Survivor of Kenya university assault found in building – Irish Times
Authorities rescued the woman who had been hiding in the college since Thursday.
Cynthia Charotich (19) said from her hospital bed today that she hid in a large cupboard and covered herself with clothes, refusing to emerge even when some of her classmates came out of hiding at the demands of the gunmen from the al-Shabab group.
Ms Charotich said she did not believe that rescuers urging her to come out of her hiding place were there to help, suspecting at first that they were militants.
Five people have been arrested on suspicion of involvement in the attack on the university.
Interior ministry spokesman Mwenda Njoka said in a Twitter post that security agencies arrested three people trying to cross into Somalia.
He said the three are associates of Mohamed Mohamud, also known as Dulyadin Gamadhere, a former teacher at a Kenyan Madrassa Islamic school who authorities say coordinated the Garissa attack.
The three arrests bring the number of suspects arrested in relation to the attack to five as two suspects were arrested at the college.
Kenyan authorities have put a $220,000 bounty for information leading to Gamadhere’s arrest.
Somali militants on Saturday threatened to stage more bloody attacks on Kenya after the assault on a Kenyan university on Thursday.
Four masked al-Shabab gunmen went on a killing spree in a pre-dawn raid, hunting down and executing students in a college campus in Garissa, a northeastern town about 200km from the Somali border.
The al-Qaeda aligned group said the attack was retribution for Kenya’s presence in Somalia and mistreatment of Muslims within Kenya.
“No amount of precaution or safety measures will be able to guarantee your safety, thwart another attack or prevent another bloodbath from occurring in your cities,” the group said in an emailed statement.
In the message, directed at the Kenyan public, the group vowed a long and gruesome war, saying Kenya’s cities will “run red with blood”.
The death toll in the attack on the Garissa University College has risen to 148, interior minister Joseph Nkaissery said late on Friday.
The raid on Thursday was the biggest attack on Kenya since 1998, when al-Qaeda bombed the US embassy in the capital Nairobi and killed more than 200 people. The death toll is expected to climb further.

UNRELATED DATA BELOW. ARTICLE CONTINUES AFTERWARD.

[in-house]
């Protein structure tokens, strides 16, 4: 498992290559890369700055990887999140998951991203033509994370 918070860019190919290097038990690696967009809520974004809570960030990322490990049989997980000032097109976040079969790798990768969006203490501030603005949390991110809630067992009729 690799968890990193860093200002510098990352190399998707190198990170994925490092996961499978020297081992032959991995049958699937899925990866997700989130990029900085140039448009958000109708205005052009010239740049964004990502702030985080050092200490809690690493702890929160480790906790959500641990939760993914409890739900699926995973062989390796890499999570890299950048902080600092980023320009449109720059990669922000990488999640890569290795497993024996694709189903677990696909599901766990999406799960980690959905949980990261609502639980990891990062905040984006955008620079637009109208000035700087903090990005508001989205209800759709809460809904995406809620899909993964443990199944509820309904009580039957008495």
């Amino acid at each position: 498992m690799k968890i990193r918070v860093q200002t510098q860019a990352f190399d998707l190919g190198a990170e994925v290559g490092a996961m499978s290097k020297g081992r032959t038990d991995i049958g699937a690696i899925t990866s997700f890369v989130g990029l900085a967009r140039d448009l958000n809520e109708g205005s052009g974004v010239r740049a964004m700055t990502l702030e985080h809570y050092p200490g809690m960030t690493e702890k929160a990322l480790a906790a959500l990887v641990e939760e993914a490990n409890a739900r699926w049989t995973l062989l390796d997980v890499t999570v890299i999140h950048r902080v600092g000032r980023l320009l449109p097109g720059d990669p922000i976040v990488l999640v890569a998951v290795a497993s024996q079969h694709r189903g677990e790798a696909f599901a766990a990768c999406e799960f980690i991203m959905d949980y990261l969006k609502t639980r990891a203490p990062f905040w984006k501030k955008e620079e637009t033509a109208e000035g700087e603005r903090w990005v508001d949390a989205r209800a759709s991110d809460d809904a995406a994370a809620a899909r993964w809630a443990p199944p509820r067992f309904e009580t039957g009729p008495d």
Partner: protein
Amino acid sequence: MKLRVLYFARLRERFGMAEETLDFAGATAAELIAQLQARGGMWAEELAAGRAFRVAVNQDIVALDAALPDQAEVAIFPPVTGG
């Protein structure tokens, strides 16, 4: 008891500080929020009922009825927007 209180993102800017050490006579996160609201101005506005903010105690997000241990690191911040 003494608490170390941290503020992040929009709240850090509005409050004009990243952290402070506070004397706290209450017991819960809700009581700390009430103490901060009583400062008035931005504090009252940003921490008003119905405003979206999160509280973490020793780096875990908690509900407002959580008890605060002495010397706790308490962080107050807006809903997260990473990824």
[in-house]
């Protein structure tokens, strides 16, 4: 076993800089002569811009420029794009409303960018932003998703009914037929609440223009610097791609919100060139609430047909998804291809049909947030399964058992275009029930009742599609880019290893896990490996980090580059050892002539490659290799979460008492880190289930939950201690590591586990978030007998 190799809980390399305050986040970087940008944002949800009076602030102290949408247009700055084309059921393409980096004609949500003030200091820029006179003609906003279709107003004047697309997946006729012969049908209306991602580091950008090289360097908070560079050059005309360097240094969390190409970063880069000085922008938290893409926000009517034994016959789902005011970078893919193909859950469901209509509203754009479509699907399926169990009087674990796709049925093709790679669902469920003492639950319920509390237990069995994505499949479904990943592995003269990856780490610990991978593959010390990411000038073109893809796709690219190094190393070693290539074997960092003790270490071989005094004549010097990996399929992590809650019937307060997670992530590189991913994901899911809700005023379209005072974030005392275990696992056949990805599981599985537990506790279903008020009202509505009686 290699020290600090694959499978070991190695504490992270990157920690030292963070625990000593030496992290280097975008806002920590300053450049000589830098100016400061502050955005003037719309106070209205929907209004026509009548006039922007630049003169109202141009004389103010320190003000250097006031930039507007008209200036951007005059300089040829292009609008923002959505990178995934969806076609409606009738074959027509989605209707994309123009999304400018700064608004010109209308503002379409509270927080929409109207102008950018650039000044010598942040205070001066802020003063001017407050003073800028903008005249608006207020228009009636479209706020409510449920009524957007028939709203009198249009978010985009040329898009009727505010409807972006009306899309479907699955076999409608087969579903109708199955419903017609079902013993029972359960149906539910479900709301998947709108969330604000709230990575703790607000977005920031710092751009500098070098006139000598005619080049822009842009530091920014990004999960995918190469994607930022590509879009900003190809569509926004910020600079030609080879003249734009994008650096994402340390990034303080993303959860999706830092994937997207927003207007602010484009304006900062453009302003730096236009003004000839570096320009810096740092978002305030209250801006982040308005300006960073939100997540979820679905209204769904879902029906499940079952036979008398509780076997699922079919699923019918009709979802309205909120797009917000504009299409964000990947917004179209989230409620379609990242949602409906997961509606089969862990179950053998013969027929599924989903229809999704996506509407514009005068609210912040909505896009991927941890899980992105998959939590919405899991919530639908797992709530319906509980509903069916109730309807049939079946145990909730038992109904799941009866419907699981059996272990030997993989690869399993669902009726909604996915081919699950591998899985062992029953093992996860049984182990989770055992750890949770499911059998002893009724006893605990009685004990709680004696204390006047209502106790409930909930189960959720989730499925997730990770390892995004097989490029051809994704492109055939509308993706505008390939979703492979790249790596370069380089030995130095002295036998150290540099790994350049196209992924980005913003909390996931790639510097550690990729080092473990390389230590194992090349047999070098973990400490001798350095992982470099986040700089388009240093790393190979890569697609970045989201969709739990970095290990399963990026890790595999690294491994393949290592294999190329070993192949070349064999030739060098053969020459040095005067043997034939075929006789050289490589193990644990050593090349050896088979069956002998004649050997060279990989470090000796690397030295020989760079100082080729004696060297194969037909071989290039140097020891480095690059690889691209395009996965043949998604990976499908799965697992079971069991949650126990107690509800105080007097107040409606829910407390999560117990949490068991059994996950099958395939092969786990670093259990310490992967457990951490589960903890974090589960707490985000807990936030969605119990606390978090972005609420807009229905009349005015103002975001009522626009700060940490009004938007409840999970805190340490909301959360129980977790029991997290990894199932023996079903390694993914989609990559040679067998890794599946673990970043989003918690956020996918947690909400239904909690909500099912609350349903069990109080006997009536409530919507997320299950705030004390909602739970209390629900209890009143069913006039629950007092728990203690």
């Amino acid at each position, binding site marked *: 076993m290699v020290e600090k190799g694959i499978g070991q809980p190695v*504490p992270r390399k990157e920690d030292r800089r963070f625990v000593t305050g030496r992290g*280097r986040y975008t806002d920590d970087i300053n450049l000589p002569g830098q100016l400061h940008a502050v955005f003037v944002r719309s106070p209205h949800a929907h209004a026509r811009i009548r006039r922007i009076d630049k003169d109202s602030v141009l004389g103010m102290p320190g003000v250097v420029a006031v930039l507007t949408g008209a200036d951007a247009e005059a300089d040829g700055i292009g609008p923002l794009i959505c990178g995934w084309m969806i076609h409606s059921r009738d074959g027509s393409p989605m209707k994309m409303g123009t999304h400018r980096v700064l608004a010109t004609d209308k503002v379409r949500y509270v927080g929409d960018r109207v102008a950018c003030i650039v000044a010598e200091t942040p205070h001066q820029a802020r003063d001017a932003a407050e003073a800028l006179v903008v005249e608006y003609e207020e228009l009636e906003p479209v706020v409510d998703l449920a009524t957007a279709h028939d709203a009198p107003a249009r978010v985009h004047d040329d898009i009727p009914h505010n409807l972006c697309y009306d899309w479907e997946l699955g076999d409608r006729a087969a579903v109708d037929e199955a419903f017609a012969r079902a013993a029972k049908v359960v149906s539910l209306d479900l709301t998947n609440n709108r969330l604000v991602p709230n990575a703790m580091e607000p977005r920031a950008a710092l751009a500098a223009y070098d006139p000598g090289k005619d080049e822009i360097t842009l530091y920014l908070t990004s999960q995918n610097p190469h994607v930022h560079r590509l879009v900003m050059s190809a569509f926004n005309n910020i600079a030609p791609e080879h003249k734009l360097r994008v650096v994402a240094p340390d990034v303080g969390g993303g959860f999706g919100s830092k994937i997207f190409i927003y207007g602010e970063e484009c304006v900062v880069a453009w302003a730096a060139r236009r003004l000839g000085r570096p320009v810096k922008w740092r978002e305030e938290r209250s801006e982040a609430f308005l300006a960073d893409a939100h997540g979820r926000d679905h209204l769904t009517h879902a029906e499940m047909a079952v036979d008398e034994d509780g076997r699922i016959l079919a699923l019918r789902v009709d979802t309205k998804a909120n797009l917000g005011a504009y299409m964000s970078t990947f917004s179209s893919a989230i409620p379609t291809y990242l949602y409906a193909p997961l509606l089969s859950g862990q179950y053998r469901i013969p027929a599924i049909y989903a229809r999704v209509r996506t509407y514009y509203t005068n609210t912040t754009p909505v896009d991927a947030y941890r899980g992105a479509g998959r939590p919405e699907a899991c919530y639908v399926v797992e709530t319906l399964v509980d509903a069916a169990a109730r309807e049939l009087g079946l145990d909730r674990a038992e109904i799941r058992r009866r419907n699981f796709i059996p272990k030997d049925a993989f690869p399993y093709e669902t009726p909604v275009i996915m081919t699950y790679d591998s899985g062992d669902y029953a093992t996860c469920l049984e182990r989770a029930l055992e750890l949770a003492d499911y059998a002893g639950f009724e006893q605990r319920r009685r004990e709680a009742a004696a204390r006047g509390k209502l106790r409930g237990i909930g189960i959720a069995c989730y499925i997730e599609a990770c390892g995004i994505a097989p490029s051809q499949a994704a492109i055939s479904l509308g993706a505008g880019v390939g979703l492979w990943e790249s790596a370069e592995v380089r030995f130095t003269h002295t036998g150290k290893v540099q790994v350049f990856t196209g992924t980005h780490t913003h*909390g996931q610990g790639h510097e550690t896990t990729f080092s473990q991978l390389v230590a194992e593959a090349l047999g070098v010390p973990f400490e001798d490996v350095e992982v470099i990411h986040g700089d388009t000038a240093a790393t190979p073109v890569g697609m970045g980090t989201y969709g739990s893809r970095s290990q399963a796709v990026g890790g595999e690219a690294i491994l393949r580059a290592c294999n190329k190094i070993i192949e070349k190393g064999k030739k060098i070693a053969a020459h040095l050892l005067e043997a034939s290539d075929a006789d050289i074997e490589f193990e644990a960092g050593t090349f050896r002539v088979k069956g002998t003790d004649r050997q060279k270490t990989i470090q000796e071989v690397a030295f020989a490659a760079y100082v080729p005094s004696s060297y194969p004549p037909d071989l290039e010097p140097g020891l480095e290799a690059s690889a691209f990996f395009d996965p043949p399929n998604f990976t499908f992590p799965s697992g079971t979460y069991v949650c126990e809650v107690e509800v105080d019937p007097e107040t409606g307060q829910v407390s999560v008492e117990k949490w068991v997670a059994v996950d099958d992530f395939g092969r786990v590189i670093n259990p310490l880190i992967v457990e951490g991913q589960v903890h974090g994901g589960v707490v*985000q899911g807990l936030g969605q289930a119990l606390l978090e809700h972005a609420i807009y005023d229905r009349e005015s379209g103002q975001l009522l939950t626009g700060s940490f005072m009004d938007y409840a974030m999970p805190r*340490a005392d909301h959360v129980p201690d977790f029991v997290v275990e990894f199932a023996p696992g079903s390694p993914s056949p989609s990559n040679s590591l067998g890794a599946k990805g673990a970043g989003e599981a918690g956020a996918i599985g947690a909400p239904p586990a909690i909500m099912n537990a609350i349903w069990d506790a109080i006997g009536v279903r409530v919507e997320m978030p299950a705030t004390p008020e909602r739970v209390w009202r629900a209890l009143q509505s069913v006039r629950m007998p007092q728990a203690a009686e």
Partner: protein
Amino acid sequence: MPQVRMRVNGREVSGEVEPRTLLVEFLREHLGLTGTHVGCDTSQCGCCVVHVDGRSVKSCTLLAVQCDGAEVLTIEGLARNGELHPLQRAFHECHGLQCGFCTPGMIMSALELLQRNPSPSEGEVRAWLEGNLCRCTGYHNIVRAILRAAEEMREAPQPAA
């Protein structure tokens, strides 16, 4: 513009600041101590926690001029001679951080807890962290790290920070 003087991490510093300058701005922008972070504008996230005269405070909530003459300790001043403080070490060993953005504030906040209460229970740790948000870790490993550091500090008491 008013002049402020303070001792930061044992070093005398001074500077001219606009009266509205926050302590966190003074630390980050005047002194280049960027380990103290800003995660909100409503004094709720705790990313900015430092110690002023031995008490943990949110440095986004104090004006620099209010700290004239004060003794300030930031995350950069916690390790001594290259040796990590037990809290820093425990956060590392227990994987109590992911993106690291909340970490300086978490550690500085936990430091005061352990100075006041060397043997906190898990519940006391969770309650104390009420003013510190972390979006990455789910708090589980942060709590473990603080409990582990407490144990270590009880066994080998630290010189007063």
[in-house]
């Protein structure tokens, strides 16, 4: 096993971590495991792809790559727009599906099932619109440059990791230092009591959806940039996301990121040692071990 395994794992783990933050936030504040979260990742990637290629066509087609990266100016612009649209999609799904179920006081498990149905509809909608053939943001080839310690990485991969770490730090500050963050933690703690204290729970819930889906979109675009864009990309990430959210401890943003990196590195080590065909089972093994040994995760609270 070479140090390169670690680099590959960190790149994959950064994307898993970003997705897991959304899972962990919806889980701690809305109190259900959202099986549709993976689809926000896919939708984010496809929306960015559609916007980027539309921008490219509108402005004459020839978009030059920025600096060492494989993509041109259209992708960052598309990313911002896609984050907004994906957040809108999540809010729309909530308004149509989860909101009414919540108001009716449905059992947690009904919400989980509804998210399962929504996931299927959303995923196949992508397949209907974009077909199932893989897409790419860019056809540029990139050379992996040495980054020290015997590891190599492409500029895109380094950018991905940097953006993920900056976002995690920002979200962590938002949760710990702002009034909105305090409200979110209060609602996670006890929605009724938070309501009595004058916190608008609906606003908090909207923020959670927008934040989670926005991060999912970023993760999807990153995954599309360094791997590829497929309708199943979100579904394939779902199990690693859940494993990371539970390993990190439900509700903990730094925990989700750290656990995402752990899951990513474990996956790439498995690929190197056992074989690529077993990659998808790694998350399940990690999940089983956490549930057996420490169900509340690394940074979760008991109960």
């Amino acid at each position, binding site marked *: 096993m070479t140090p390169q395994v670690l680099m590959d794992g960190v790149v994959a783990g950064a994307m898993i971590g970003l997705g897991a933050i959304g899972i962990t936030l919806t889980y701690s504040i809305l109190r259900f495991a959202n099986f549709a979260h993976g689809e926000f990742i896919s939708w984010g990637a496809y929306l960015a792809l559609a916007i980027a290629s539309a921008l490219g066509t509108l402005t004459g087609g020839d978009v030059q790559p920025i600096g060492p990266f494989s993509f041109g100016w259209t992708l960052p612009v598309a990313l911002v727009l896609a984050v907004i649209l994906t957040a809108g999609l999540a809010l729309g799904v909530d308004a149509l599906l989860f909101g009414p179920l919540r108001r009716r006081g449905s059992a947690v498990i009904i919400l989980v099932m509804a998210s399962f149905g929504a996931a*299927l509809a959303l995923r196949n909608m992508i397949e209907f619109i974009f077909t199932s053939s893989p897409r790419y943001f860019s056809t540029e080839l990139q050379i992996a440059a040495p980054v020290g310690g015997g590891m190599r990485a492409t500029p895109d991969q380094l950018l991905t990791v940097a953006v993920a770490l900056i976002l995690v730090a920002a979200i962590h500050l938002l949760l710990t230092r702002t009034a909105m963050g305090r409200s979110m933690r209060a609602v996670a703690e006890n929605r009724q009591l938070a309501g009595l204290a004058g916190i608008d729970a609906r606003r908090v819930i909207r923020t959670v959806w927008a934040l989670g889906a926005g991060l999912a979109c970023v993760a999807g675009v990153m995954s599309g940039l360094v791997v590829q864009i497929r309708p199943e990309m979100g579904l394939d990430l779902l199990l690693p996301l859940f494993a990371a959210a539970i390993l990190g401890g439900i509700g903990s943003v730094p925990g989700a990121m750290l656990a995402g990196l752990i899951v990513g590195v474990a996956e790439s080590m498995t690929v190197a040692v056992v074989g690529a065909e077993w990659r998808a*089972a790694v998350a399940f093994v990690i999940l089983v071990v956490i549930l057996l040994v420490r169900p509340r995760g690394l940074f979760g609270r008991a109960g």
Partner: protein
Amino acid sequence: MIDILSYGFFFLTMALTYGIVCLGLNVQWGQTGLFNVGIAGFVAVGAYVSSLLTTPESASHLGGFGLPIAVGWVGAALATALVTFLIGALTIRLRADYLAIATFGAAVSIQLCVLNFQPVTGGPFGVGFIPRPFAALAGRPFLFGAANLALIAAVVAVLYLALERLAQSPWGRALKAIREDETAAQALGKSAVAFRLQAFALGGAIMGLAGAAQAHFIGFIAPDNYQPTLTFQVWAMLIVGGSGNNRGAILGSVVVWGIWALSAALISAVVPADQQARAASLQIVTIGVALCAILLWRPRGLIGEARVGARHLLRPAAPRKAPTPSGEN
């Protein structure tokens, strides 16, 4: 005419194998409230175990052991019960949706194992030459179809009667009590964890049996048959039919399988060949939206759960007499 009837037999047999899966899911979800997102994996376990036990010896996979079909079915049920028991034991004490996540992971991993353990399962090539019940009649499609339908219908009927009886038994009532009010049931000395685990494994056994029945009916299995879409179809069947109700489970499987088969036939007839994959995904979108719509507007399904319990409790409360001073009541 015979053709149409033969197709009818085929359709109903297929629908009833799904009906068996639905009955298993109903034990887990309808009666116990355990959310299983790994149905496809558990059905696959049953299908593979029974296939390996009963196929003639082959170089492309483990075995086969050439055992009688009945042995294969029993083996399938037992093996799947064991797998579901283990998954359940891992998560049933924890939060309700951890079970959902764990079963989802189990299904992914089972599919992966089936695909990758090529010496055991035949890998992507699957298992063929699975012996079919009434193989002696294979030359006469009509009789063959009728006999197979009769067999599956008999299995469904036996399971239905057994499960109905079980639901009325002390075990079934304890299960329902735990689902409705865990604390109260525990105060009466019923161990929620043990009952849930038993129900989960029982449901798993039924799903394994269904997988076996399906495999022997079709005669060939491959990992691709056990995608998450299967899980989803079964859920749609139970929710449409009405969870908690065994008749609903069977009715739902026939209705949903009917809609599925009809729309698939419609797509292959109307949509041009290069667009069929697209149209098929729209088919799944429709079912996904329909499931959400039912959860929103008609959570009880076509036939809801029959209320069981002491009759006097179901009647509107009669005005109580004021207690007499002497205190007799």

Strapped with explosives, the gunmen stormed the campus and began tossing grenades and spraying bullets at cowering students, the attackers initially killed indiscriminately. But they later freed some Muslims and instead targeted Christian students during a siege that lasted about 15 hours.
Anger over the massacre was compounded by the fact there were warnings last week that an attack on a university was imminent. Local residents accused the authorities of doing little to boost security in this little-developed region.
“It’s because of laxity by the government that these things are happening. For something like this to happen when there are those rumours is unacceptable,” said Mohamed Salat (47), a Somali Kenyan businessman.
Kenya’s biggest-selling Daily Nation newspaper, citing sources, said the death toll would be significantly higher.
Outside the university gates, a throng of veiled women clung to the hope that missing people would still turn up alive.
Barey Bare (36), looking for her cousin who worked as a clerk at the university and has been missing since Thursday, said: “We are here waiting for news if we can find him, dead or alive.”
The violence will heap further pressure on president Uhur Kenyatta, who has struggled to stop frequent militant gun and grenade attacks that have dented Kenya’s image abroad and brought the country’s vital tourism industry to its knees.
On Friday, US president Barack Obama called Mr Kenyatta to express condolences over the “heinous terrorist attack” and confirmed he still planned to visit the country later this year, the White House said.
More than 400 people have been killed by al-Qaeda-allied al-Shabab in the east African nation since Mr Kenyatta took office less than two years ago, including some 67 people who died in a blitz on a shopping mall in the capital Nairobi in September of that year.
Al-Shabab says its recent wave of attacks are retribution for Kenya sending troops into Somalia to fight the group alongside other African Union peacekeepers.
The group, which at one point controlled most of Somalia, has lost swathes of territory in recent years but diplomats have repeatedly warned this has not diminished al-Shabab’s ability to stage guerrilla-style attacks at home and abroad.